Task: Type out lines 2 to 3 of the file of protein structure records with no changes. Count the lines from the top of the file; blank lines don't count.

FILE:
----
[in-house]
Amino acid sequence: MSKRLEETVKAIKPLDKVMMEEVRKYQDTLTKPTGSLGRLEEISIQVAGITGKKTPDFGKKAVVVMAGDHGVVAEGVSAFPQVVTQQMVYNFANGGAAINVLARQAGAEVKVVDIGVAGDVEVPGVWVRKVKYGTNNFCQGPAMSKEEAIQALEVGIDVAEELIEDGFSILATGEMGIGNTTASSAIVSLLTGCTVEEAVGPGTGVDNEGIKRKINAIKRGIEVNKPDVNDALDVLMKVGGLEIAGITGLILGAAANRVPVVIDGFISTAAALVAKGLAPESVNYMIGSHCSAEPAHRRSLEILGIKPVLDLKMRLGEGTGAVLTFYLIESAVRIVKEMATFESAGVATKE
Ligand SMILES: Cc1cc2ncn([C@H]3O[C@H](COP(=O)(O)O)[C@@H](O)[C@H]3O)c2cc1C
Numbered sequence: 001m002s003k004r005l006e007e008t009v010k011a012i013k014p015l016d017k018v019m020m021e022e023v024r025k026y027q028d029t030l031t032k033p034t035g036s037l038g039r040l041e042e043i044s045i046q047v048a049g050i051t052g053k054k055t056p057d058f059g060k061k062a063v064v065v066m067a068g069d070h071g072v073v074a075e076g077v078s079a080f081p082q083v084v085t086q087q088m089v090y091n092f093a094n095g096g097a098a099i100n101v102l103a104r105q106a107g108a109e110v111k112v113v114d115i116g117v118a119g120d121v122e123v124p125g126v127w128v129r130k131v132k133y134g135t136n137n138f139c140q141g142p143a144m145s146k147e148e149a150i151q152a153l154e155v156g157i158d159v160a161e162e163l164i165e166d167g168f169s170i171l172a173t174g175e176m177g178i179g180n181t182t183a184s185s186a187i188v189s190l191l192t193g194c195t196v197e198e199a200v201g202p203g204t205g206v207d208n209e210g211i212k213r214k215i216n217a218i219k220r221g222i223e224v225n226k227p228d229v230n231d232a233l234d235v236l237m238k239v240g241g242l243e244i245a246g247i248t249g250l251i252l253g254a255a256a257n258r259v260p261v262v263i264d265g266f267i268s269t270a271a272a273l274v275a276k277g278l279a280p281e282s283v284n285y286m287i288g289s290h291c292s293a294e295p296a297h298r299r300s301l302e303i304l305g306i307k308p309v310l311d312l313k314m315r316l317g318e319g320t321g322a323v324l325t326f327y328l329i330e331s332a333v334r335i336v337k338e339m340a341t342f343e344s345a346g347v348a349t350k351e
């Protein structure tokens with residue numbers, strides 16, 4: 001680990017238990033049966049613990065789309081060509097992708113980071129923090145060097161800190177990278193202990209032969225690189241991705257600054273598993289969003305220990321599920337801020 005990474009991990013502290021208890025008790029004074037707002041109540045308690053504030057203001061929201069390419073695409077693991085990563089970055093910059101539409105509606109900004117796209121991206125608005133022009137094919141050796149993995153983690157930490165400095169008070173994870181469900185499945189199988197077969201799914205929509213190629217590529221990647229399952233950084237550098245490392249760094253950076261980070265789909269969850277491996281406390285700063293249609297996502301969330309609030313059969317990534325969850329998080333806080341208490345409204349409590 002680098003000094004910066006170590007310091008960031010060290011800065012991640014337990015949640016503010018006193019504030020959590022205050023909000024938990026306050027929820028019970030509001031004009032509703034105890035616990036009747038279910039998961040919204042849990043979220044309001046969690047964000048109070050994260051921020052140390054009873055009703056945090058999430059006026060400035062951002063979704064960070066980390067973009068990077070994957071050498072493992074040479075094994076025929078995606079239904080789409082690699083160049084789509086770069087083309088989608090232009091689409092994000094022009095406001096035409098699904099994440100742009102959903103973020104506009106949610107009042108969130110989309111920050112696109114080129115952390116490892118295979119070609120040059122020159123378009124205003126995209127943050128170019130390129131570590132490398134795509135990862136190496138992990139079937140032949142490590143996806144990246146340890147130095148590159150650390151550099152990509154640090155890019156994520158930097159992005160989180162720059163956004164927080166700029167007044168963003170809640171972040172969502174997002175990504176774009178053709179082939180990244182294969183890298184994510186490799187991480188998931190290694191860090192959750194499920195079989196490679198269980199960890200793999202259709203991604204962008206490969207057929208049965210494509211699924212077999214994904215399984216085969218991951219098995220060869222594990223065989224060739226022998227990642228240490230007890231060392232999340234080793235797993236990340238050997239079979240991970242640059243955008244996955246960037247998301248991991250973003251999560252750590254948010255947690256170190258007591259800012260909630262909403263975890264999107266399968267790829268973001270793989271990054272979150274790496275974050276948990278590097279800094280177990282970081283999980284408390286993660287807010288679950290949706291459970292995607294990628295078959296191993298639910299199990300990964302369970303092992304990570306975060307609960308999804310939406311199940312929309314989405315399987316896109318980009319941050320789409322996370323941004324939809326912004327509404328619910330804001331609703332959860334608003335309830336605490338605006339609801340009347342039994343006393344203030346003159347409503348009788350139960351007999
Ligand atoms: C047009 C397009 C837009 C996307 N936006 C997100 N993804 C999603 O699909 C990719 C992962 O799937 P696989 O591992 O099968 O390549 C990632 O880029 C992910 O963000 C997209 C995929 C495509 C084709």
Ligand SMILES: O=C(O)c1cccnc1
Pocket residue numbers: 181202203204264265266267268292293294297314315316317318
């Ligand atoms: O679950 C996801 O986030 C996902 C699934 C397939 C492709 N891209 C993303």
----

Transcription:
Amino acid sequence: MSKRLEETVKAIKPLDKVMMEEVRKYQDTLTKPTGSLGRLEEISIQVAGITGKKTPDFGKKAVVVMAGDHGVVAEGVSAFPQVVTQQMVYNFANGGAAINVLARQAGAEVKVVDIGVAGDVEVPGVWVRKVKYGTNNFCQGPAMSKEEAIQALEVGIDVAEELIEDGFSILATGEMGIGNTTASSAIVSLLTGCTVEEAVGPGTGVDNEGIKRKINAIKRGIEVNKPDVNDALDVLMKVGGLEIAGITGLILGAAANRVPVVIDGFISTAAALVAKGLAPESVNYMIGSHCSAEPAHRRSLEILGIKPVLDLKMRLGEGTGAVLTFYLIESAVRIVKEMATFESAGVATKE
Ligand SMILES: Cc1cc2ncn([C@H]3O[C@H](COP(=O)(O)O)[C@@H](O)[C@H]3O)c2cc1C